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Old 08-29-17, 02:06 PM
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Remove the nut(it's a nut) and the washer under it. It is 14mm. Use a standard crank puller. Make sure you thread it in all they way. You likely will need a new bottom bracket that is the correct length for the new crank. You're gonna have chainline issues otherwise, especially with a single speed conversion.
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Old 08-29-17, 03:09 PM
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When you get your tool, be careful not to cross-thread the extractor while screwing it in. If that happens, you have created another problem.
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Old 08-29-17, 05:31 PM
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Originally Posted by dweenk View Post
When you get your tool, be careful not to cross-thread the extractor while screwing it in. If that happens, you have created another problem.
+1. And do not buy a cheap crank extractor. Cheap could mean sloppy threads and tolerances. You're carefully screwing a steel tool into aluminum threads. If the cheap tool does not fit REAL nicely you can easily strip those aluminum threads and you then need to cut the crank arm off.

And clean the tool well and clean the threads in each crank arm well. I use an old tooth brush and some mineral spirts. Nice and clean then get the tool started very carefully as stated above.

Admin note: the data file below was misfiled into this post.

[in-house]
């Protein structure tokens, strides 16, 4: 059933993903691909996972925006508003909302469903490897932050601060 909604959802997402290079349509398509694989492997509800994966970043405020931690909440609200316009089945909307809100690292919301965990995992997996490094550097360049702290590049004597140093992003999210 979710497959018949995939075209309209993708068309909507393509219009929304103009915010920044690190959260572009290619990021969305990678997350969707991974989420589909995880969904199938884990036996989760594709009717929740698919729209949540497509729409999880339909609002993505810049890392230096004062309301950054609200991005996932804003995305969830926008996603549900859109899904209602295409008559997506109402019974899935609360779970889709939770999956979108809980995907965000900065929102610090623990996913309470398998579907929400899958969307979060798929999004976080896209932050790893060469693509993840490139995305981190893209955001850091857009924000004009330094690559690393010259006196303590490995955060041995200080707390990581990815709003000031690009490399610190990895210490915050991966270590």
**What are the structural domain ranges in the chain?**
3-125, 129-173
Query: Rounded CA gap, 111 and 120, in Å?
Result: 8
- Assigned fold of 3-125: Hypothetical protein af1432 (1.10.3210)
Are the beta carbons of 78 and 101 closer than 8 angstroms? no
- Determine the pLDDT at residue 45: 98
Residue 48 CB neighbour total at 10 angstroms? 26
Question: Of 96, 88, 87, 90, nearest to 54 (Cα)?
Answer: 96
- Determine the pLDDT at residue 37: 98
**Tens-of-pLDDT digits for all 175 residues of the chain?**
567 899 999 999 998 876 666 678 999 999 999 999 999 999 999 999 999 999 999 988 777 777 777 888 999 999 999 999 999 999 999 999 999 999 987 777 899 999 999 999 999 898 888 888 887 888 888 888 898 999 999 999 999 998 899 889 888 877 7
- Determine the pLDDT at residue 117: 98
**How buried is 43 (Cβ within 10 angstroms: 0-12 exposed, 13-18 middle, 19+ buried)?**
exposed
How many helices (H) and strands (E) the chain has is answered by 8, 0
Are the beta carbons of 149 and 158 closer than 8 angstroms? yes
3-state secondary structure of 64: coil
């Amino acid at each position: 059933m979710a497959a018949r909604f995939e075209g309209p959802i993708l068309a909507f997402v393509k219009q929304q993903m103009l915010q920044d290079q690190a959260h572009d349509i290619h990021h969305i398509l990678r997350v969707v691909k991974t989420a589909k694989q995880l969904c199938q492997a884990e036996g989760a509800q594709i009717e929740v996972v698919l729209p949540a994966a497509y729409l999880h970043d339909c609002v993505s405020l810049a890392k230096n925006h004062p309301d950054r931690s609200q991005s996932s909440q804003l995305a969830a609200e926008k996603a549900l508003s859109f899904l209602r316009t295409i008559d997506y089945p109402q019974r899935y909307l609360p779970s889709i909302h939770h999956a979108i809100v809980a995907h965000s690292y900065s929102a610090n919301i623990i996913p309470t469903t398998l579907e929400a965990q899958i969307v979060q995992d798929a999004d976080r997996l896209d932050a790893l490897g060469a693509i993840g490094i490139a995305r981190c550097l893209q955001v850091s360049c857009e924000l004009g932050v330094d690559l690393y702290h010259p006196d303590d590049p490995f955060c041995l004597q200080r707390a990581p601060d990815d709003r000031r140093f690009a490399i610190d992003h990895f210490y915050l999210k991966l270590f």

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Old 08-30-17, 03:51 AM
  #11  
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This article on Tapered Crank Pullers might prove a bit helpful. I tend to use my Campagnolo puller, most of the time, but the Shimano one works just fine. The only thing to watch for is French crank set that use a different size puller, but that is not the case with the crank set presented by the OP. This puller has two sizes but most do not...

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Old 08-30-17, 10:23 AM
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Thanks all for chipping in.

Originally Posted by jiangshi View Post
Remove the nut(it's a nut) and the washer under it. It is 14mm. Use a standard crank puller. Make sure you thread it in all they way. You likely will need a new bottom bracket that is the correct length for the new crank. You're gonna have chainline issues otherwise, especially with a single speed conversion.
What's the best way to decide on the bottom bracket? Install the rear cog, then measure out the bottom bracket shell to decide? The single speed freewheel I ordered and crank puller tools should arrive Friday, after which I should have a bit more clarity on next steps. Looking online at older posts sounds like best bet is to take to the LBS so I can make sure I buy once
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Old 08-30-17, 12:16 PM